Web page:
BN: One of my favorite things about the movie is that the suspense doesn’t come from endless sequences of explosions and elaborate action pieces. It’s really a slow burn of tension through the whole movie. You have this whole bureaucratic nightmare running parallel with the actual drone sequences.
But there’s a certain dark comedy that comes through, with all these hapless high-level military guys having to “refer up” for every decision. Were you mindful of that kind of bleak comedy while you were making the movie?
GH: We intended the humor. It was a very fine line, because I wanted people to be able to release that tension you described. Just as in real life, there are moments when things feel so frustrating that you either laugh or yell or cry, cause it’s just too much. You know, “Are we really in this situation? You’ve got to be kidding me!” And so the opportunity for the audience to laugh is a great way of releasing tension so that you can ratchet them up again.
I told the actors, “We’re on a fine line here. Don’t try to play broad comedy, we can’t do that. Play the truth of what your character would feel in this situation.” Which is legitimate frustration, or, in the case of the minister — who the audience wants to make a decision, you know,’For God’s sake, make the decision!’ — well, that’s great, unless you’re him. Because none of us really want to have blood on our hands even if it might be in that moment the right thing to do. It’s a heck of a thing to ask someone, especially someone who’s not in the military, who doesn’t do it every day, to decide to take human life.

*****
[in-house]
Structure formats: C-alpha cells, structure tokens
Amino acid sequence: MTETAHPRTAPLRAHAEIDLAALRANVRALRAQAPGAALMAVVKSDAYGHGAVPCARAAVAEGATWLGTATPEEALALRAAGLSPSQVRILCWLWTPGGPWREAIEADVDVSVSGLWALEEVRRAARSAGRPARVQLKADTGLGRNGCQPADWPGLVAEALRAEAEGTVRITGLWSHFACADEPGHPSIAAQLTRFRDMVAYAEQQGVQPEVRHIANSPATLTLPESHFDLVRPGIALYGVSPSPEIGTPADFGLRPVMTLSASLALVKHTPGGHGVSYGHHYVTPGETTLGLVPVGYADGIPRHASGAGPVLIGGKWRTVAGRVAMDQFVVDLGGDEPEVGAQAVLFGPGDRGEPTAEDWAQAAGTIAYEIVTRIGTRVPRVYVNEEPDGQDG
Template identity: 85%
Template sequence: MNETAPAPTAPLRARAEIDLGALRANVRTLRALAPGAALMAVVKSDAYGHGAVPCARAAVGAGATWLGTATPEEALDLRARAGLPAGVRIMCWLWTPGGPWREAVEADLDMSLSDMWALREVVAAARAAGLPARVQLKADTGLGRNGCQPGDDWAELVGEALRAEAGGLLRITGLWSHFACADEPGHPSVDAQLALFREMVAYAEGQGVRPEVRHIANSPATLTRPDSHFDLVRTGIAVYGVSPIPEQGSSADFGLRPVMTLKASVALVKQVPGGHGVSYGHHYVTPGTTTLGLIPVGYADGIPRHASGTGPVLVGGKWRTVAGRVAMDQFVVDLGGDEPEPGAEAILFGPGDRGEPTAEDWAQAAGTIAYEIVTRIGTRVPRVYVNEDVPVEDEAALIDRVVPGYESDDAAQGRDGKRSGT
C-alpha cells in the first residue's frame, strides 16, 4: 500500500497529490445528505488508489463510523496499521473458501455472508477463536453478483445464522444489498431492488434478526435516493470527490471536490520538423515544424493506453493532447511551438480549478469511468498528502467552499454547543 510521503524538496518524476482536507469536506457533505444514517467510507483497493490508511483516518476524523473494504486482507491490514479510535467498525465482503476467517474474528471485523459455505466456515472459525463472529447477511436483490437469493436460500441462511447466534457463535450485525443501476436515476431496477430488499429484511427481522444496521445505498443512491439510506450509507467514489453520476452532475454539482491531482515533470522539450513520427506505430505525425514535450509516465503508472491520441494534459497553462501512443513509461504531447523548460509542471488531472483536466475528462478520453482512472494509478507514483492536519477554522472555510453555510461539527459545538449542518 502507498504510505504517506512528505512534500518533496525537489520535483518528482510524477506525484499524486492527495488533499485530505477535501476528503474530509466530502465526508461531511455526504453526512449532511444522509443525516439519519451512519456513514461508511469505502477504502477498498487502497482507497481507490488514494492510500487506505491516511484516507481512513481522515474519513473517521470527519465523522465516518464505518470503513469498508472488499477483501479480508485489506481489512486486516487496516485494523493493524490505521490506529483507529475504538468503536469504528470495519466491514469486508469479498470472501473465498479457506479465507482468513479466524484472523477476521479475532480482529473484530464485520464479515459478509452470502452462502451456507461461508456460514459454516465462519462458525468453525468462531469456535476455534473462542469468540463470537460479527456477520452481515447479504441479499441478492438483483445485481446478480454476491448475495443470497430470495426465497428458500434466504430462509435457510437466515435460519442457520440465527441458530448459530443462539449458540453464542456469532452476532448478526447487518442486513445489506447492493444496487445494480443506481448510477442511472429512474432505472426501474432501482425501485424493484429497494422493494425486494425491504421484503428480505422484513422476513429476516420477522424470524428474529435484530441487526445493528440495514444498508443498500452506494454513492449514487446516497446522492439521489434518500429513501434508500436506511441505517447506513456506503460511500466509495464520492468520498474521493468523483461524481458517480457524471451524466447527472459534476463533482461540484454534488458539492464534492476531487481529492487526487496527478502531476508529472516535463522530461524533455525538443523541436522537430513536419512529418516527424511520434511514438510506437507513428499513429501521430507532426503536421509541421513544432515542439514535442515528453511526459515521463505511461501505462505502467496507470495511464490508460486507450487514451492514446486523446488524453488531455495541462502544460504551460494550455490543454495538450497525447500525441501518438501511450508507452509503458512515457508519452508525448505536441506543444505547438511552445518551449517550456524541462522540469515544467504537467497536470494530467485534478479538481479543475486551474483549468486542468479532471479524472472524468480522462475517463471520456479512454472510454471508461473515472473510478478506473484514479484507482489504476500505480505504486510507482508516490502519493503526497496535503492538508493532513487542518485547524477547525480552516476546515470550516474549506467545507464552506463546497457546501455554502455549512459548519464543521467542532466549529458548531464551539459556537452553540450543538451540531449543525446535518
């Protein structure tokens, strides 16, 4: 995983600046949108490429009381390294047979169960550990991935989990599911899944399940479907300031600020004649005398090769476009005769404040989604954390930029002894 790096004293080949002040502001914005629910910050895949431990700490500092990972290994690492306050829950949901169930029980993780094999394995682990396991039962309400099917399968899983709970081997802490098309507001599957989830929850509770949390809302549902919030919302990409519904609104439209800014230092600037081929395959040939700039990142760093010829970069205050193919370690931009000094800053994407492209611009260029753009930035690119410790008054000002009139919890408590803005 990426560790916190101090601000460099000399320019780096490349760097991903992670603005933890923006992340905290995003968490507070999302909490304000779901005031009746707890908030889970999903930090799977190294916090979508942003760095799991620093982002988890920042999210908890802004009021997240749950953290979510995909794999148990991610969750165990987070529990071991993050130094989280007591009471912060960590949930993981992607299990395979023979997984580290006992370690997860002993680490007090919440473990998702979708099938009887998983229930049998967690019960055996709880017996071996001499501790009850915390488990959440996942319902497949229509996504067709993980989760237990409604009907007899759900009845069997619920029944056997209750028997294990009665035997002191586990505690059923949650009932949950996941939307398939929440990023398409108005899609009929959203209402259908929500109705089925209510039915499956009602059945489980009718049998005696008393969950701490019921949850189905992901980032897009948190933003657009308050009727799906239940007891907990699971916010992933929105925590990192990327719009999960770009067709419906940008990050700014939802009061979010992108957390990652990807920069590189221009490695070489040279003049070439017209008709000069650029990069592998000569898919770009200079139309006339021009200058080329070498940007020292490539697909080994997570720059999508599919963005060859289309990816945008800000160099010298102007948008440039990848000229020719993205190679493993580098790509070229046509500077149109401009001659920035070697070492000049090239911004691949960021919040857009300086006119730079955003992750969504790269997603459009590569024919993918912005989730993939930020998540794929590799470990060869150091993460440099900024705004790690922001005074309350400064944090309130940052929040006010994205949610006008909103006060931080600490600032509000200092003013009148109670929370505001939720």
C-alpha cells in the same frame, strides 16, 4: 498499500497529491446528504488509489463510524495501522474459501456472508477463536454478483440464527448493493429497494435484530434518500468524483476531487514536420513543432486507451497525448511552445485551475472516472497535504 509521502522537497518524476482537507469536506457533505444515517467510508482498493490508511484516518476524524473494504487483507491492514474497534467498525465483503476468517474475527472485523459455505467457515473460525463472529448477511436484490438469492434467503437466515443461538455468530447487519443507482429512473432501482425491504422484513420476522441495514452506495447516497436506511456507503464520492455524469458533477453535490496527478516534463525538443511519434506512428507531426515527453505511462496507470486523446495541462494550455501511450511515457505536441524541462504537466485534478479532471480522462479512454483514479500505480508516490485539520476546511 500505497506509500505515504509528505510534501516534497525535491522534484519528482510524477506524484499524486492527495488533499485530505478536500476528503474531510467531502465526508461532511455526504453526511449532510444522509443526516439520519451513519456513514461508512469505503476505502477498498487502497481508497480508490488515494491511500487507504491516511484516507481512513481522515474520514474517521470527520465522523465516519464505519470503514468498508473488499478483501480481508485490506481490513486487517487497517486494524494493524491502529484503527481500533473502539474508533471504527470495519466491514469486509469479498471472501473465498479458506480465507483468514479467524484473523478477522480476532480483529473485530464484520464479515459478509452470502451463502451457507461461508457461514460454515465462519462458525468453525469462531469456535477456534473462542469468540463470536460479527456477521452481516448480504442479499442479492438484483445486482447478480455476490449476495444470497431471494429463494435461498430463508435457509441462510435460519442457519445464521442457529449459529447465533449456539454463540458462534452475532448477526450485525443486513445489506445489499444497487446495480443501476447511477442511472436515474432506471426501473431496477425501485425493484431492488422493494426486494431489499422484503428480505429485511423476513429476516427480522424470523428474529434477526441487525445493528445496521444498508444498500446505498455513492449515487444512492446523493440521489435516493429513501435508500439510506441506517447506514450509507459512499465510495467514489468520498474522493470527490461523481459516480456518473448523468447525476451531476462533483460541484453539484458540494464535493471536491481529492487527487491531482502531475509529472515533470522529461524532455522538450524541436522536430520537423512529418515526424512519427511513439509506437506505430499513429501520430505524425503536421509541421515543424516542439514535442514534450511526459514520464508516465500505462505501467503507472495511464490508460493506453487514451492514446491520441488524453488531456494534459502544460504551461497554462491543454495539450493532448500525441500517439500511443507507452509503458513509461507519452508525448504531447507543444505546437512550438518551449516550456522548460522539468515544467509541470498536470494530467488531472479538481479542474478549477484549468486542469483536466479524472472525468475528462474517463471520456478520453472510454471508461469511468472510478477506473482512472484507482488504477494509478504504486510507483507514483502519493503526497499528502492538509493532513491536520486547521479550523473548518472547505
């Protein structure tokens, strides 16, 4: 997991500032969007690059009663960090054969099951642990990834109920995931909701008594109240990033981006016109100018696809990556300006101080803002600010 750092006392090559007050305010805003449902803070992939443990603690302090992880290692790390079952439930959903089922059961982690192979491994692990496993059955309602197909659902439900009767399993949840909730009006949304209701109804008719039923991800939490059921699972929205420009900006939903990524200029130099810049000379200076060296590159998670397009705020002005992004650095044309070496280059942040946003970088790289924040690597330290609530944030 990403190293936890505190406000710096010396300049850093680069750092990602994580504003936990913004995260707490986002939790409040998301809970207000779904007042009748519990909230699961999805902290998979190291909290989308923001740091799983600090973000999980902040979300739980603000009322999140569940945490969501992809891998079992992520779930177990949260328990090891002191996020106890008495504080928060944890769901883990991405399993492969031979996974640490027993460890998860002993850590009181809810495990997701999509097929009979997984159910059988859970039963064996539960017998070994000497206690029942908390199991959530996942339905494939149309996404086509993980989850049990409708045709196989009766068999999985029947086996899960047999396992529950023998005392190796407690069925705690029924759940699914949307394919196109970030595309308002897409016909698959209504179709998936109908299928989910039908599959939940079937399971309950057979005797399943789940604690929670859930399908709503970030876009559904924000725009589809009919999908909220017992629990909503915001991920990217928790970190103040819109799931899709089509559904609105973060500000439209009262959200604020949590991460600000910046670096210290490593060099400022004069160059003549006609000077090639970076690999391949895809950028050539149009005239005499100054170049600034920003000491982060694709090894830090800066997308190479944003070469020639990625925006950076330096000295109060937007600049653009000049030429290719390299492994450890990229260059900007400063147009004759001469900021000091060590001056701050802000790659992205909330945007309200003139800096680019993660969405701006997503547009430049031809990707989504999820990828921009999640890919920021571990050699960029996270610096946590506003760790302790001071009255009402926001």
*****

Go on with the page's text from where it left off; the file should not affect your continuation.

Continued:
So at the same time that we’re annoyed with him for not making a quick decision, if we’re honest, if we’re in his shoes, we might also be going, “Isn’t there someone else who should make this decision?” And yet that’s funny. It’s funny because in some way we’re relieved that that’s not us.
BH: Do you think the film is an accurate representation of the decision-making process around drone strike orders at the highest levels of government?
GH: Not every drone strike is referred all the way up through politicians to the Foreign Secretary. It depends on where the area of combat is. So if you’re in combat over Afghanistan or over Iraq or fighting ISIS, the rules of engagement for those particular areas that are defined already as combat zones are clear that you would refer up to a regional commander, for example; you almost certainly wouldn’t need to go higher for authority to strike — unless, as in the case of the strike on Anwar al-Awlaki in Yemen, it’s an American citizen, in which case it went higher.
In this particular scenario — Guy [Hibbert] deliberately sketched a scenario where the country in which the terrorists are located is not a country with whom we are already at war and where there’s already a defined combat zone. The people being targeted are recruits from the United States and Great Britain.